If there’s one thing Attorney General Greg Abbott is good at, it’s accumulating money.
Fueling growing speculation of a bid for the Texas Governor’s Mansion, Attorney General Greg Abbott reported Tuesday he has amassed a campaign war chest of $18 million, three times the amount claimed by incumbent Gov. Rick Perry.
While both men publicly have stated they will not make a decision about their political futures until the Legislature ends in June, Abbott’s stunning fundraising success provided more grist for the Austin rumor mill that he will try to advance up the political ladder sooner, rather than later.
Abbott spokesman Eric Bearse declined to speculate how his boss would direct his campaign largesse.
“The attorney general is focused on protecting Texas taxpayers and enforcing the laws of Texas,” Bearse said. “He’s grateful to all his supporters who have made his service possible.”
Political observers were impressed with the hand shown by Abbott, who raised $4.1 million in the most recent reporting period.
“It’s hard to look at that number and not think he’s planning to run a race at the top of the ticket,” said Jim Henson, director of the Texas Politics Project at the University of Texas. “This further fuels the intrigue of what each man will do.”
Austin political consultant Bill Miller agreed that Abbott’s prodigious fundraising signaled an interest in higher office. “He’s accumulating a lot of money with the intention of making a run for higher office,” though exactly when remains unknown, said Miller. “That’s how I read the dollar signs.”
You can see his report here. It should be noted that Rick Perry raised over $3.5 million, and David Dewhurst $3.3 million in the same reporting period, so as far as that goes Abbott wasn’t that far ahead of the pack. It’s just that Abbott has been sitting on millions for years, and it’s really started to pile up. He had $8.5 million in January of 2009, $9.2 million in January of 2011, right after his last election, and $12.0 million last January. One presumes he’s raising it for a reason, but who knows, maybe the reason is just that he likes having a ginormous amount of money at his command.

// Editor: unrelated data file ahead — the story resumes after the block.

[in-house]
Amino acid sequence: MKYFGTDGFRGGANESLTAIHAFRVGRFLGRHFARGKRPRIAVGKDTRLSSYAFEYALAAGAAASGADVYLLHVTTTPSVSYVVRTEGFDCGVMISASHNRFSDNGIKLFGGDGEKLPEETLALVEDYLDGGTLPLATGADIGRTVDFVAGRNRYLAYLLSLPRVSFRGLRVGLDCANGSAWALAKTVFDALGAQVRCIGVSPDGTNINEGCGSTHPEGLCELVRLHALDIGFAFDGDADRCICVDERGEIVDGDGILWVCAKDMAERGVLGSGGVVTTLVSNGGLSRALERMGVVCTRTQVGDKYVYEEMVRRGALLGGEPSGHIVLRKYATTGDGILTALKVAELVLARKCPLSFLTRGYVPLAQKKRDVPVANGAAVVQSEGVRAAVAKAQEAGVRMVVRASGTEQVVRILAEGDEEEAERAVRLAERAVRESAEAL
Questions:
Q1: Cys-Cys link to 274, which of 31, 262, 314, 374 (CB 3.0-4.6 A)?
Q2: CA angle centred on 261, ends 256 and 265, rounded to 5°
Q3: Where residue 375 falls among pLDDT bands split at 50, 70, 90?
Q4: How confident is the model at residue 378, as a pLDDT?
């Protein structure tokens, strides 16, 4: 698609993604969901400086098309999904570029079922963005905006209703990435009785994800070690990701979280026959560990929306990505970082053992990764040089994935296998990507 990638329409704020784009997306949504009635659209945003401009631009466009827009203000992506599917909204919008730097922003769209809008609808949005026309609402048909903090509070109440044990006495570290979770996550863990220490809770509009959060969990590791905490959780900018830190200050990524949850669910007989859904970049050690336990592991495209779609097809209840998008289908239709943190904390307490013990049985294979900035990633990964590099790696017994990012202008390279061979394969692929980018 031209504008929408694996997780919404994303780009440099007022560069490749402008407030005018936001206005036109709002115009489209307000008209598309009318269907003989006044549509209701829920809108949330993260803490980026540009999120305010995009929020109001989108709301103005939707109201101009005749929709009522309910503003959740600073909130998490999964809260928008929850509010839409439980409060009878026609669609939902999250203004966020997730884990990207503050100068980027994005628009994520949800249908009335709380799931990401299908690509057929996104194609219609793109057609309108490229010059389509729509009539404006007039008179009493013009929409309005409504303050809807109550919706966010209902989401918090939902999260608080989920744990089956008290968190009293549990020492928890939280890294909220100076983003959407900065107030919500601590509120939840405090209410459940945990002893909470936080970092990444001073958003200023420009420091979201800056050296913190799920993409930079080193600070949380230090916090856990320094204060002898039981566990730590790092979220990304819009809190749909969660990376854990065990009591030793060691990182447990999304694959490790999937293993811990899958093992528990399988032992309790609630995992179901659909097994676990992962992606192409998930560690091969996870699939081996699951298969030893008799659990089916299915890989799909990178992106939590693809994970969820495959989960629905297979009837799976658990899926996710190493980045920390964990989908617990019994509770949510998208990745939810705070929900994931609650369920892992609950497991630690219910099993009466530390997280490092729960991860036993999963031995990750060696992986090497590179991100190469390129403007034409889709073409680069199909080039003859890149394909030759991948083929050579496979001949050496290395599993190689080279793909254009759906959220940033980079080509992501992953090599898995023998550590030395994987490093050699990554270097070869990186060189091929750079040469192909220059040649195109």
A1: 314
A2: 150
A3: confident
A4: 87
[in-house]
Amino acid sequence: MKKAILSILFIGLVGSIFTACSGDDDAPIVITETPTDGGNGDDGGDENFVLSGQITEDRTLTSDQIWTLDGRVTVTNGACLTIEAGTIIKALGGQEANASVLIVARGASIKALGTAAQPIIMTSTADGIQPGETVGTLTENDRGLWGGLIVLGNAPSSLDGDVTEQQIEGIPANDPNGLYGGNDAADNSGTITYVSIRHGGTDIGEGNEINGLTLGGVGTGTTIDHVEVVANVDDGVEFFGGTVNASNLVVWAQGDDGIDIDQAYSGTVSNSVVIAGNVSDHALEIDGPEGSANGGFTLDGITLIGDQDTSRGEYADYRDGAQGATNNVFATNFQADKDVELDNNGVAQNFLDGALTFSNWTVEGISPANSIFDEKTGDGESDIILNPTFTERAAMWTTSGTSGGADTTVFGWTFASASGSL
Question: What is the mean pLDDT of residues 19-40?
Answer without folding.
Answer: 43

One thing you can’t say is that no one could ever use that much money. Looking back at 2010, Rick Perry spent $4.7 million (raising $7.1 million in the same time) in the last six months of 2009; $1.9 million through January 21, 2010; $8.8 million from January 22 through February 20; and $3.4 million after that through June 30, raising another $7 million in the process. That’s $18.8 million, technically over a year but really in nine months. So yeah, if Abbott intends to run for Governor and especially if he has to knock off Rick Perry to get there, I can’t really say he “needs” all that money but I feel confident in saying he’ll spend it. On a campaign to vigorously oppose out-of-control spending, of course, on which the irony will go completely unremarked.
Burka thinks Perry’s relatively small cash on hand number – only in this context could $6 million be a small number – is another sign he’s fixing to hang it up after this term ends. He doesn’t think Perry wants to risk his record of not losing an election. I get that, but I’m not so sure. How many elite athletes choose to retire while their skills are still sharp? Very few take that path – most continue to play long after it’s apparent to everyone else that they’re not the player they once were. That’s a hard thing to admit, and the same drive that made them what they are makes it difficult to see when it’s over. I think Perry thinks he can win, and frankly I’m not sure that he’s wrong. Be that as it may, I’m not sure he’s the type of person to graciously step aside and let someone else have what he’s had all to himself for the past decade. I think it will have to be taken from him. We’ll see.
Finally, in a bit of late-breaking news, Abbott apparently has enough money to troll the New York Times in search of alienated gun-obsessed New Yorkers. Speaking as someone who grew up in one of the Republican parts of New York (Staten Island), all I can say is that I honestly can’t think of anyone I knew back then who had a gun. It just wasn’t part of the culture. (Dad, if you’re reading this, please chime in with a comment.) I can’t speak to how things are now on the Island, and I can’t speak to how things are in upstate New York, but to the extent that my experience holds I daresay that Abbott – who I’m sure is quite ignorant of New York – will get less of a response than he might think. I’ll have to keep an eye on what my Facebook peeps from back east have to say about this.